Symposium originally stood for “drinking together” that took place after a meal of a banquet in ancient Greece. Poetry and music were central to the pleasures of a symposium.

In Ancient Greece guests would gather around the altar of the home after the meal to start a symposium. The symposium included cultic acts of purity such as washing hands and sprinkling them with fragrant essences of ivy, myrtle, and flowers. 

It was customary that the first sip of wine was taken in honor of the good spirit, the so-called Daimon. The drinking bowl was passed around and some wine was offered to the gods. The use of white and red wool bandages indicated membership to the circle of the servants of Dionysus, the god of the grape-harvest and winemaking.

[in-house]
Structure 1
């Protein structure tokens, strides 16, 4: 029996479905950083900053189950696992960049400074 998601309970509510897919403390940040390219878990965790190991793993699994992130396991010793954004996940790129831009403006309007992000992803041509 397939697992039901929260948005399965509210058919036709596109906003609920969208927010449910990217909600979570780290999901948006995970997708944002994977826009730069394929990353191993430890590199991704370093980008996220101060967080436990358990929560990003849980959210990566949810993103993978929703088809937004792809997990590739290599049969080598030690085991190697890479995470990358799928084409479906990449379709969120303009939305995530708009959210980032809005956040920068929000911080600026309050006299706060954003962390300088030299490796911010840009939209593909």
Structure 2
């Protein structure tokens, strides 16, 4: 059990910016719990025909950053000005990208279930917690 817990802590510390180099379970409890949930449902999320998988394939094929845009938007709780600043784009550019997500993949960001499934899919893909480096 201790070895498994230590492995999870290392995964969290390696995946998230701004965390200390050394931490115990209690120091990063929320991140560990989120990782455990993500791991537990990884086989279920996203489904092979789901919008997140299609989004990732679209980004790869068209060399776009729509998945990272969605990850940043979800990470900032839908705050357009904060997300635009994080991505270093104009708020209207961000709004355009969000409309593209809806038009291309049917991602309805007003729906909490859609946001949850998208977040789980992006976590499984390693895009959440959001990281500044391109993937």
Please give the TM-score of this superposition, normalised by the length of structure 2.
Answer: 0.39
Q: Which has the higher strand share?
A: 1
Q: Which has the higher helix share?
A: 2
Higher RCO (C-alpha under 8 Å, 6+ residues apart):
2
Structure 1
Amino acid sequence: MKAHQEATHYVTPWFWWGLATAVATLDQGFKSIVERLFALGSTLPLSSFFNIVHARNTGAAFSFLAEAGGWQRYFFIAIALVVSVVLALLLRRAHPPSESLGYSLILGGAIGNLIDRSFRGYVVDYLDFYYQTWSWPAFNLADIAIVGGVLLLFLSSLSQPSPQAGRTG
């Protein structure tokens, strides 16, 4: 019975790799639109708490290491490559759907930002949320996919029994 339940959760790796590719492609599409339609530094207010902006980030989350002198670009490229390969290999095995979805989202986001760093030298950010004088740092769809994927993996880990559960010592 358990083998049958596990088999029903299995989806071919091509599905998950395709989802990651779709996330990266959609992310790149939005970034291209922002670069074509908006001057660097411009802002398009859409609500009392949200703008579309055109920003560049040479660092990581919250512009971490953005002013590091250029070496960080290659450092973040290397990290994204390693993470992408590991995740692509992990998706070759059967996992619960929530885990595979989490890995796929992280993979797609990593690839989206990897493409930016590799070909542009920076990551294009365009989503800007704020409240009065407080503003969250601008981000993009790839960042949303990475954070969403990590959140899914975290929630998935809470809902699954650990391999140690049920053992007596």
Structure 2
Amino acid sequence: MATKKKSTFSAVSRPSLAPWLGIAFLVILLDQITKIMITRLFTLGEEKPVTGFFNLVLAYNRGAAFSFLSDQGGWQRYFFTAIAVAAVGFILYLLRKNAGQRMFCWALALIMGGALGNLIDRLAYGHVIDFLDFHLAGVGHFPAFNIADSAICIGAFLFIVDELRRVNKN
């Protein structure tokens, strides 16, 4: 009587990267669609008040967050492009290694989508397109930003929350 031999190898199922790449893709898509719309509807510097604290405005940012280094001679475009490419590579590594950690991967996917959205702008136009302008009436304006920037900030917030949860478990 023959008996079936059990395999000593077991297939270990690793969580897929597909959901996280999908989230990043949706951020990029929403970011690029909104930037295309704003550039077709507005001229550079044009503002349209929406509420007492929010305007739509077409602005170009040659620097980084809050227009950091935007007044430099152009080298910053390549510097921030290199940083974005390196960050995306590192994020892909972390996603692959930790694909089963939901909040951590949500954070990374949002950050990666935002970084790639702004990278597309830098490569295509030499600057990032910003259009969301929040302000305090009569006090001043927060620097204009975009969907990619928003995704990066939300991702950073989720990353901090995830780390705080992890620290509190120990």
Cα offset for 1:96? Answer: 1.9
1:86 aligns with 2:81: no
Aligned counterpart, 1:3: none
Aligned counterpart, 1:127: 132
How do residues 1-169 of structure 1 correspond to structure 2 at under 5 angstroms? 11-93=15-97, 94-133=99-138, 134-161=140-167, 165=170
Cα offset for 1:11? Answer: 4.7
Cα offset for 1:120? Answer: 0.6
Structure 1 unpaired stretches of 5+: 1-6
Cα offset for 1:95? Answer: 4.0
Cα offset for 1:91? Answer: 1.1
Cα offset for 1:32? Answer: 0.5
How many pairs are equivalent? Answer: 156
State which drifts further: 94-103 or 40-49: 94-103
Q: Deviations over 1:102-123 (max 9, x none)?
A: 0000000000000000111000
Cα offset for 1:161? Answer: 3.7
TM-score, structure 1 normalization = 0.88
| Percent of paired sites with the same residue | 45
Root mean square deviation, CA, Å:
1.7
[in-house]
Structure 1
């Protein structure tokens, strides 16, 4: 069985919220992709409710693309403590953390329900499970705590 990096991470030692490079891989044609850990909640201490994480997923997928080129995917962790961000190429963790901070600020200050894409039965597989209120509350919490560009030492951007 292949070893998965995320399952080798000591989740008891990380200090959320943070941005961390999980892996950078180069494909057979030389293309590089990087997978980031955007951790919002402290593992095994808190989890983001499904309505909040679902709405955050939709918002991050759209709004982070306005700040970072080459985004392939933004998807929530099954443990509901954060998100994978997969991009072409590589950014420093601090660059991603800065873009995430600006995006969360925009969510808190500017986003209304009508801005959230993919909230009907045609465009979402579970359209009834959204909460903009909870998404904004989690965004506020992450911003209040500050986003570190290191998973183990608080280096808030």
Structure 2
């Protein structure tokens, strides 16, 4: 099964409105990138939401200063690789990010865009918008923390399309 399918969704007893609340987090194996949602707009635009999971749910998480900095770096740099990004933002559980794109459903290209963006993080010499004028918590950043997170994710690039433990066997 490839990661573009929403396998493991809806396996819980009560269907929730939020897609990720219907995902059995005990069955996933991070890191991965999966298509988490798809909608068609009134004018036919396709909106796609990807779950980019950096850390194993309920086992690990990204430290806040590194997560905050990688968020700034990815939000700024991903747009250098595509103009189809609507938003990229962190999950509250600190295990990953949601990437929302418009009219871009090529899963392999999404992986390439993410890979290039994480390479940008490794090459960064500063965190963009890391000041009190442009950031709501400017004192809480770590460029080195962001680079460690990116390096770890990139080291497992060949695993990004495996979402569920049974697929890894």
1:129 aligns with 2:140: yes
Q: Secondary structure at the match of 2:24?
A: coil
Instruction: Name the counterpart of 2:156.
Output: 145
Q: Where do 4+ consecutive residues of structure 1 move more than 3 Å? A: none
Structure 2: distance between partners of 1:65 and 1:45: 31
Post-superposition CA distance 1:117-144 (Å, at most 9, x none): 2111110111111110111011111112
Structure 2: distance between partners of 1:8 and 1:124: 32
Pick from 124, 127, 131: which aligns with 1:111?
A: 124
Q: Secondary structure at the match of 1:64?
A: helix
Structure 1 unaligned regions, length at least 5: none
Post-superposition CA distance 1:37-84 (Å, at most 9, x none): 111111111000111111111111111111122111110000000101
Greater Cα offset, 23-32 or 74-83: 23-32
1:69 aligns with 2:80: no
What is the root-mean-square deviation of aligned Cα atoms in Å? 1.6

Songs sang at the symposium were called scolia, and were played in honor of the god Apollo, the god of music and dance. A symposiarch was responsible for the details of the drinking event and the themes of the evening, sometimes drinking games like the very popular Kottabos were played. It was expected that one could find one’s way home unaccompanied after a symposium knowing that it was likely always quite a wild party.

The meaning of the term symposium used today only remotely corresponds to the original meaning.